Duane Weirich is either one of the biggest cycling fans on the planet or a simply a welder with too much free time on his hands. After learning the Great Bike Ride across Iowa was going to pass through his home town, he decided to honor the even by making a giant bicycle. Although he’s not exactly sure if it qualifies for a new world record, his 32-feet-long, 18-feet-high bike has so far attracted the attention of Ripley’s Believe It or Not.

Even though the verdict on whether this is the world’s largest bicycle isn’t out yet, cyclists engaged in the cross state bike race haven’t missed the opportunity to have their picture taken with Weirich’s creation. Pleased with the public’s reaction to his efforts, the welder said he plans to complete the bike by actually making it rideable. You’re going to need some longer legs, though.

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Polish Woodcarver Makes Functional Bicycles Exclusively from Wood

Slawomir Weremkowicz, a 59-year-old former plumber from Poland, creates functional bicycles using only wooden components.

The talented woodcarver from Biala Podlaska says he had always wanted to be an artist, and since God gave him the talent of carving wood, he he thought he should do something amazing with it. So he decided to go greener than green and create a series of wooden bikes for which he didn’t use a single gram of metal or plastic. Simply looking at a piece of wood, Slawomir can already envision how he’s going to turn it into one of his bicycle parts, and using simple woodcarving tools like chisels and saws he does just that.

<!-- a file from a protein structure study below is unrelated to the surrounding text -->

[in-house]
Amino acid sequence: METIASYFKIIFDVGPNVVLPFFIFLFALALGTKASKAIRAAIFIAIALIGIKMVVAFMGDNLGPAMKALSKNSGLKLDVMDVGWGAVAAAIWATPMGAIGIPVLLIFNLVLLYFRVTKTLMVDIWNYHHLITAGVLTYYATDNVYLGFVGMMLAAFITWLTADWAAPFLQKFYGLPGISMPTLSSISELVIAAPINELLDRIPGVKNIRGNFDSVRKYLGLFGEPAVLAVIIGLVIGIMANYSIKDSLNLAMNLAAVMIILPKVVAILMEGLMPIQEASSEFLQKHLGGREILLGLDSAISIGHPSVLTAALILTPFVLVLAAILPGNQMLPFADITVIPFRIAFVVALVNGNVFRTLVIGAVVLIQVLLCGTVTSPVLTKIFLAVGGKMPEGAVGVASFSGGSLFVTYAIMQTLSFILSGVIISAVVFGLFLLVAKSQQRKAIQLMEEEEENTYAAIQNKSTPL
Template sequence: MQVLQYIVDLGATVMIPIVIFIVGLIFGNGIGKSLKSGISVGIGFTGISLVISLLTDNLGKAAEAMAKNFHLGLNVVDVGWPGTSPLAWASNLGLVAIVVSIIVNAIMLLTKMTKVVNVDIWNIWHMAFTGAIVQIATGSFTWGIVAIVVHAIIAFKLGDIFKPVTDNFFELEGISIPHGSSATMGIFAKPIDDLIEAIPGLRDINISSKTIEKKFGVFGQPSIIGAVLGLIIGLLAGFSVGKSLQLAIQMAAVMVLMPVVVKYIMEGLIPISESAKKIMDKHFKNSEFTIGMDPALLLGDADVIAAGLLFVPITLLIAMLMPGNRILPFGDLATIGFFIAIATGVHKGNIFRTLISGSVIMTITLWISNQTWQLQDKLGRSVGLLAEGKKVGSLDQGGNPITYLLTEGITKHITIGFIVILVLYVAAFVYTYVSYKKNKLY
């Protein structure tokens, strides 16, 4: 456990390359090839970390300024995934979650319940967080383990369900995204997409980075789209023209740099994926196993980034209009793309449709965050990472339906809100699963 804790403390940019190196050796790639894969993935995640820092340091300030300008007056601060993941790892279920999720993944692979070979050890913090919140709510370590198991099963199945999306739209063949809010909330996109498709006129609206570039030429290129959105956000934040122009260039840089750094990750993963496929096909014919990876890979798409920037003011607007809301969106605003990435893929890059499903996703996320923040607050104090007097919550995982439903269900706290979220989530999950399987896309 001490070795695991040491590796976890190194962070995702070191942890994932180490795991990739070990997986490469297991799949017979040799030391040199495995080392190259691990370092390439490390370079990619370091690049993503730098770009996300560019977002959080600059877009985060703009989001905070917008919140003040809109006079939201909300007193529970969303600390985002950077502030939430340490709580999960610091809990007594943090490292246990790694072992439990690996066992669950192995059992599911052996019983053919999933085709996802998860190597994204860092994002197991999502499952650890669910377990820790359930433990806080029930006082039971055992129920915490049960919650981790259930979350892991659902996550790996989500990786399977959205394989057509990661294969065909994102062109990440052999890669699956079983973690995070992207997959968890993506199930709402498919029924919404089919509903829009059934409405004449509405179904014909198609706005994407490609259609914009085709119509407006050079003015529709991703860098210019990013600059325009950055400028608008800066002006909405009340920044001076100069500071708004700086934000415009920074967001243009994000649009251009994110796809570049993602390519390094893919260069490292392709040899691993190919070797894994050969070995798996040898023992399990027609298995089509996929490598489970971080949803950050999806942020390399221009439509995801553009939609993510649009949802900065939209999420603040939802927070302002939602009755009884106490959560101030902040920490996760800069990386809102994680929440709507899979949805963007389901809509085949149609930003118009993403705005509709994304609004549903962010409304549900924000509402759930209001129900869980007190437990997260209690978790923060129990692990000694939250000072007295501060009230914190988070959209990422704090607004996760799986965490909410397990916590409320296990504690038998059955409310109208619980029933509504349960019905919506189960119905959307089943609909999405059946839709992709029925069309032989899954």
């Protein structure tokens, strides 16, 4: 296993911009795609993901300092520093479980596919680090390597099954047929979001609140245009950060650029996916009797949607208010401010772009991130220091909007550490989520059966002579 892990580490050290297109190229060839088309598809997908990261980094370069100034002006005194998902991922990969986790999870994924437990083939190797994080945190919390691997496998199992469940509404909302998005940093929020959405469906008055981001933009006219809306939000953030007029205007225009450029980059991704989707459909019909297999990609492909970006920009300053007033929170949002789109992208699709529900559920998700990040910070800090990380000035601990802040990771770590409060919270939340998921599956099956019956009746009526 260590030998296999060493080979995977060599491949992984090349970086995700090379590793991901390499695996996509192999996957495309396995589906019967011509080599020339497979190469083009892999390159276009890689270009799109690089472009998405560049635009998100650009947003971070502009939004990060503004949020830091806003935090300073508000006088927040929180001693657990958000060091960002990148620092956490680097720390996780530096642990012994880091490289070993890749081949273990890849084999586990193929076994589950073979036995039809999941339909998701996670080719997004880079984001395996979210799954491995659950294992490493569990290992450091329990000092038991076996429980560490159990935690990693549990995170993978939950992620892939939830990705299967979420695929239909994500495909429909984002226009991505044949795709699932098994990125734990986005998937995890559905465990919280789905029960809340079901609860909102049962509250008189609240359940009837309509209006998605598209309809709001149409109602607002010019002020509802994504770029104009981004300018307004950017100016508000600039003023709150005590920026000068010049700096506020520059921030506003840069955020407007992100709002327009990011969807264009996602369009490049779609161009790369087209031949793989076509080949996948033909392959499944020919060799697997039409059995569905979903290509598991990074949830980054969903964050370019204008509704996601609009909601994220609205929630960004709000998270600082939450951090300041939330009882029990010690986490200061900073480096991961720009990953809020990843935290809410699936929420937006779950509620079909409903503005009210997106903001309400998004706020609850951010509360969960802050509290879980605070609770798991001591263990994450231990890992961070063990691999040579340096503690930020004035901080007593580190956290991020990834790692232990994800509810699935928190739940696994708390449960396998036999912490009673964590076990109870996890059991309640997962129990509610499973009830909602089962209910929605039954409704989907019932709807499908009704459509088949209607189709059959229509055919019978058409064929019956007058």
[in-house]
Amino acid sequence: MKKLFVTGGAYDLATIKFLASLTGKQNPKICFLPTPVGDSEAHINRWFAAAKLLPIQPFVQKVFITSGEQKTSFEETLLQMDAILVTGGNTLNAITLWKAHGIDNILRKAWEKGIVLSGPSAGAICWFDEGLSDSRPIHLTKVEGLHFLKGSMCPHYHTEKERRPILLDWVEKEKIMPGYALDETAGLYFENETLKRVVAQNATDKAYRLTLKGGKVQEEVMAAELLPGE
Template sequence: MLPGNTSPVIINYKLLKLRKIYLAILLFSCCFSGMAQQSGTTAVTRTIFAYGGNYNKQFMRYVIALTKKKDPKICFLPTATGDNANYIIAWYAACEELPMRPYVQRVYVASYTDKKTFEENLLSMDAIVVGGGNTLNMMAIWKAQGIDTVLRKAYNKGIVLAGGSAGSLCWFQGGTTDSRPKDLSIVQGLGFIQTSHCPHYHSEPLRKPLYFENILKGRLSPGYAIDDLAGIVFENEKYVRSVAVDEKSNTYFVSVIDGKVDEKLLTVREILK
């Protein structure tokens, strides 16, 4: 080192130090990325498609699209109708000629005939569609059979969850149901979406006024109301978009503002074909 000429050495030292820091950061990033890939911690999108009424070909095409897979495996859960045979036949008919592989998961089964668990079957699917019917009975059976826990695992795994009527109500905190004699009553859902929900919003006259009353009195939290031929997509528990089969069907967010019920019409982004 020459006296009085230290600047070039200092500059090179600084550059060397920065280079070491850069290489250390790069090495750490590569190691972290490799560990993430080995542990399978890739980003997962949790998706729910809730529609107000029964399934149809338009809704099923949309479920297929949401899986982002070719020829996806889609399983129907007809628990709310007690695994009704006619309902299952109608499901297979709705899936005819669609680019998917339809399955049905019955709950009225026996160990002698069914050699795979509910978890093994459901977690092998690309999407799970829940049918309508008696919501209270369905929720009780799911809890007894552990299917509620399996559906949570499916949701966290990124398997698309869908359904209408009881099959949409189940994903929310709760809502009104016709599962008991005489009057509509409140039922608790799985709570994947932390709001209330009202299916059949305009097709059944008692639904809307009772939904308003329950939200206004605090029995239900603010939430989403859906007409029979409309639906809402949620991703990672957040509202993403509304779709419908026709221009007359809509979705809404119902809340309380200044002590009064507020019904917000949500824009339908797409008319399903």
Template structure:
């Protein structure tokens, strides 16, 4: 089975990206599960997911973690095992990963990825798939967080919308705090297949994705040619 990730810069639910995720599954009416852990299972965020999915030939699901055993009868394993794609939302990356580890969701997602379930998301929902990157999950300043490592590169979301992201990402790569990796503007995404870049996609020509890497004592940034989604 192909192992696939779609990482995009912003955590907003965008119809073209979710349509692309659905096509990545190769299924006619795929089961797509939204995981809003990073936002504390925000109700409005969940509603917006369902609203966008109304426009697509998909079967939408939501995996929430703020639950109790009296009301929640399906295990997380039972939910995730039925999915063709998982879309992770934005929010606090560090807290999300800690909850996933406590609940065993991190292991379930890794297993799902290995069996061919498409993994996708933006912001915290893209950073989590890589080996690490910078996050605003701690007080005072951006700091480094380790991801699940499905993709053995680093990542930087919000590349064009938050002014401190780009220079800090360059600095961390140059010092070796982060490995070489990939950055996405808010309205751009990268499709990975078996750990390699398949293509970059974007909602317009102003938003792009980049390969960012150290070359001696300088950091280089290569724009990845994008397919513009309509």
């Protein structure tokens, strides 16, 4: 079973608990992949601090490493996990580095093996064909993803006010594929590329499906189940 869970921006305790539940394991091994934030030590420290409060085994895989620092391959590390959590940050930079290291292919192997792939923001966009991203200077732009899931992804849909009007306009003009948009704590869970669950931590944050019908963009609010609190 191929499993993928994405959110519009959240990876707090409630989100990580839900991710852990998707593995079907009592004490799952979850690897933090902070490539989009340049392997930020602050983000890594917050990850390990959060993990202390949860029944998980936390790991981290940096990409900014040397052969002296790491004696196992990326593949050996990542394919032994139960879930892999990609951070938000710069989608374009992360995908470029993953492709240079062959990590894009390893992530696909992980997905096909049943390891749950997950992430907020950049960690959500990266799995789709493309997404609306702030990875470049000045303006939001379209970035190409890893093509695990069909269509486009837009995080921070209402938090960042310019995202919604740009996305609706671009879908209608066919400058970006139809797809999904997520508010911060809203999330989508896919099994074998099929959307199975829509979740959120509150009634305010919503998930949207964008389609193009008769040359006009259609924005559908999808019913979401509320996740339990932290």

The seat, steering, even the pedals and chain are made only from a variety of wood (oak, ash, beech and plywood) and if you’re looking for screws holding them together, don’t bother, as Slawomir Weremkowicz only uses wooden pegs. Carving an entire wood bicycle is a lengthy process which takes about a year, but when he looks at his completed “wooden dinosaurs”, as he likes to call them”, Slawomir doesn’t regret the time he puts into his work.

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Chinese Create World’s Longest Electric Bicycle

Showcased during the Zhejiang International Bicycle Electric-Cycle Exhibition, this 5.2 meters long electric bicycle can seat eight people and its manufacturer has already applied for the World’s Longest Electric Bike Guinness Record.

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Cyckisk – The Bicycle Obelisk of Santa Rosa

California-based artists Mark Grieve and Ilana Spector used around 340 bicycles and a tricycle to built the Ciclysk – a 65-foot-tall version of the Washington Monument.

The newly installed Ciclysk may be perceived as a monument that encourages people to ride bikes instead of driving cars, but its funding actually came from the “1-percent-for-public-art” that Nissan paid to open a big car dealership just south of where the odd obelisk is now located. Santa Rosa currently has a law that requires one percent of every major construction project be donated towards public art.

Although the Cyclisk looks like it’s made of brand new bicycle parts, artist Mark Grieve says he only used parts that beyond being used on a functional bike. All he did was cover his creation in a special coating that will keep it looking nice and colorful for a long time. The bicycle parts were all donated by members of the Santa Rosa community who were excited to contribute to the creation of their city’s newest landmark.